Around the world, tradition often opposes equality. But when it comes to the question of gender equality, such situations can become volatile. That’s what happened in India’s Nagaland this February, when protests relating to women’s political participation killed two people. The conflict has also led the government of this eastern federal state to play a game of political musical chairs.
Nagaland, one of the eight northeastern Indian states, is mainly composed by ‘Naga tribes’ – a term coined by British anthropologists but which refers to various indigenous populations – who inhabited a large territory there before India’s independence. There are at present 17 Naga tribes in Nagaland, with distinct languages and customs.
The political violence erupted prior to municipal elections, when women’s organisations, under the leadership of the Naga Mother’s Association (NMA), demanded the application of Indian law 243(T) of India’s Constitution, which states that 33% of seats should be reserved for women within local political bodies.
Their demand was vehemently rejected, and male politicians invoked “tribal traditions” as their main argument. The conflict spurred deadly street protests in which mobs attacked offices, and shops were destroyed in the main cities.
This situation contradicts a popular perception of gender equality in the Naga society. Naga women are often depicted as educated, hardworking and independent, and are admired for their enterprising spirit.
But the traditional law of the Naga society clearly distinguishes gender roles and gendered responsibilities. For instance, women are in charge of domestic issues, such as family and its related issues, while man deals with society, including village administration and councils.
Men have dominated the political space since the beginning of the 20th century, when the troubled history between Nagaland and India began.
Local consciousness of a distinct social identity emerged as part of a patriarchal discourse after the ‘Naga Club’ was formed in 1918. Young boys from different Naga tribes met in different educational institutions and hostels, and they together constructed a common “Naga” identity.
Women were largely absent during the rise of Naga nationalist movements, as, per the traditional fabrics of Naga society, any issues of social or political importance are the domain of men.
Indeed, the NMA also played a major role in the negotiations – the latest leading to a 2015 ceasefire – but were conveniently excluded from the negotiating table with the Indian States. It, apparently, was a “dialogue of men”.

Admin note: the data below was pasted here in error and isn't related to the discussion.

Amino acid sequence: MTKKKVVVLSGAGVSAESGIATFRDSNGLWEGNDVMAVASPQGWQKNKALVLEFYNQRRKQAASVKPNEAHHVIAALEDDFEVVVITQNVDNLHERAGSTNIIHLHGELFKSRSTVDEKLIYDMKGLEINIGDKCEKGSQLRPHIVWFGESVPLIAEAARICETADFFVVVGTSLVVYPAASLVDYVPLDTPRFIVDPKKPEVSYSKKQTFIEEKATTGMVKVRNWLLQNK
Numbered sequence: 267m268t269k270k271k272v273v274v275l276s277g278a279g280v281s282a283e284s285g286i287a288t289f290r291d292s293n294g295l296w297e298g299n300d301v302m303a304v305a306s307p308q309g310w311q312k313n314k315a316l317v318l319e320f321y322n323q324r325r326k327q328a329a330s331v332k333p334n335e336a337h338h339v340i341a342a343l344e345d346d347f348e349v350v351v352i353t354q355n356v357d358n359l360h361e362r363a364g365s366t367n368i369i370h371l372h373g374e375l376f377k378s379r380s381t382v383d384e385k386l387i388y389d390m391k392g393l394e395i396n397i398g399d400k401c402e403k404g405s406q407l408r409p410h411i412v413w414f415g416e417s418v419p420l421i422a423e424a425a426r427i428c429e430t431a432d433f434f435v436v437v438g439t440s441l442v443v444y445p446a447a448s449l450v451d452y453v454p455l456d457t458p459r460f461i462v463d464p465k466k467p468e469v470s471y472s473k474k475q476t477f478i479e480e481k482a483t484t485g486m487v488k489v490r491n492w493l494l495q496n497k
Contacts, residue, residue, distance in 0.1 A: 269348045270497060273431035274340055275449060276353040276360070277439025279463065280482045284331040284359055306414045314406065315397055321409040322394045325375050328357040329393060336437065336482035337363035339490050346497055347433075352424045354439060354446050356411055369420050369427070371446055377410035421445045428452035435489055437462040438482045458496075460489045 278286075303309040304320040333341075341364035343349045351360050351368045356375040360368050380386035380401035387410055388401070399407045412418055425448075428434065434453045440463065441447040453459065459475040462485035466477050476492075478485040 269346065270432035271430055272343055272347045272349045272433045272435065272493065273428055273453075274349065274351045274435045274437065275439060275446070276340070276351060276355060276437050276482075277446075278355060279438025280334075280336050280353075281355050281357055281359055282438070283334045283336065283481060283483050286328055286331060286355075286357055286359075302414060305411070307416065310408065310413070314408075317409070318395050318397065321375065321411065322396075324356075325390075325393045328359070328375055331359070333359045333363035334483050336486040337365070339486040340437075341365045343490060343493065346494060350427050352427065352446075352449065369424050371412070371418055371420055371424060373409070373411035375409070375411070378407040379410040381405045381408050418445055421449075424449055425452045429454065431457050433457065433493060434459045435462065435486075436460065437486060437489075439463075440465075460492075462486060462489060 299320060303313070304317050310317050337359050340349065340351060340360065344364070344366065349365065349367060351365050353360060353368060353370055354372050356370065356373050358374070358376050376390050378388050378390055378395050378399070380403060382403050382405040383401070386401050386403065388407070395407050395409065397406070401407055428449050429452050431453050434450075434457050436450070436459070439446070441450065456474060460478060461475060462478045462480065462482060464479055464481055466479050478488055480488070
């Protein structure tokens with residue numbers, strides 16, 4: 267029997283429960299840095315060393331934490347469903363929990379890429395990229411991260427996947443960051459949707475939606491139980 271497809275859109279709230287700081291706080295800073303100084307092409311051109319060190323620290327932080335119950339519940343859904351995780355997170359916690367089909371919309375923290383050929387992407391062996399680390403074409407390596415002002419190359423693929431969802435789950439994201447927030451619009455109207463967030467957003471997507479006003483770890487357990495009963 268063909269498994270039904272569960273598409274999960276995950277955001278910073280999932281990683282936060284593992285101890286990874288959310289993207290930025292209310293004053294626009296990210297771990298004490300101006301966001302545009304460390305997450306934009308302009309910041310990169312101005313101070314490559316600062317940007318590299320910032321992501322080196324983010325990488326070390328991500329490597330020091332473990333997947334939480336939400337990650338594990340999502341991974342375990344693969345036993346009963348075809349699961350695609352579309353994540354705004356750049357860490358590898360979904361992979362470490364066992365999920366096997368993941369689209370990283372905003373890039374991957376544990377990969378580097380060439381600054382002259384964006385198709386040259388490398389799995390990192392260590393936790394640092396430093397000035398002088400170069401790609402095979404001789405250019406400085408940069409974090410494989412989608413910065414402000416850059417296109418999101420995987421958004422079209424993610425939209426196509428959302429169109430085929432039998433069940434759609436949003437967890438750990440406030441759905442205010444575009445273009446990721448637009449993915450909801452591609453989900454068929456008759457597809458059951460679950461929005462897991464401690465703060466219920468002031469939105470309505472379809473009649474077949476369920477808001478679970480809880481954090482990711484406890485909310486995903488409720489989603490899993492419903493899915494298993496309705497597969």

Women saw some hope in 2006, as the Nagaland Municipal (First Amendment) Act granted “33% reservations to Naga women in local bodies”, according to the Eastern Mirror. Since then, the NMA and others have been fighting to implement the law. Their efforts paid off when, last year, the Indian Supreme Court granted their petition.
The February 2017 elections could have changed history for Naga women.
Instead, confronted with violent civil unrest, the present Naga’s People Front (NPF) government had to defer the elections. The strong opposition came from traditional tribal bodies, including the Naga Hoho groups (an apex body of 16 Naga tribal groups) and a higher authority, the Naga Council Dimapur (which is accepted as a indigenous and customary body, representing all the Naga tribes).
These groups assert that granting women seats in local bodies would not only dilute the traditions of Naga society but also be “unconstitutional”. They refer to the Article 371(A) of India’s Constitution which says that “no Act of Parliament” should apply to the State of Nagaland when regarding religious, political, social or law practices of the Nagas.
Tribal political bodies perceive both the February elections, which were pushed by a government allied to the central government, and the municipal institution itself as possible interference with tribal customary law. That is why, under pressure, over 150 candidates out of 535 have withdrawn their nominations.
The events surrounding have snowballed to create a volatile situation where traditions, modernity and gender equality are at the crossroads. Some fear the electoral situation will lead to more impositions by India’s central government, which the Naga see as arrogant and dangerous.
Already, under pressure from local groups, several Naga women groups have severed ties with their lead women’s organisation pushing for the 33% quota, the Naga Mothers Association. Whether the authorities go ahead with the gender reservation or not, Naga women may now find themselves in a lose-lose situation.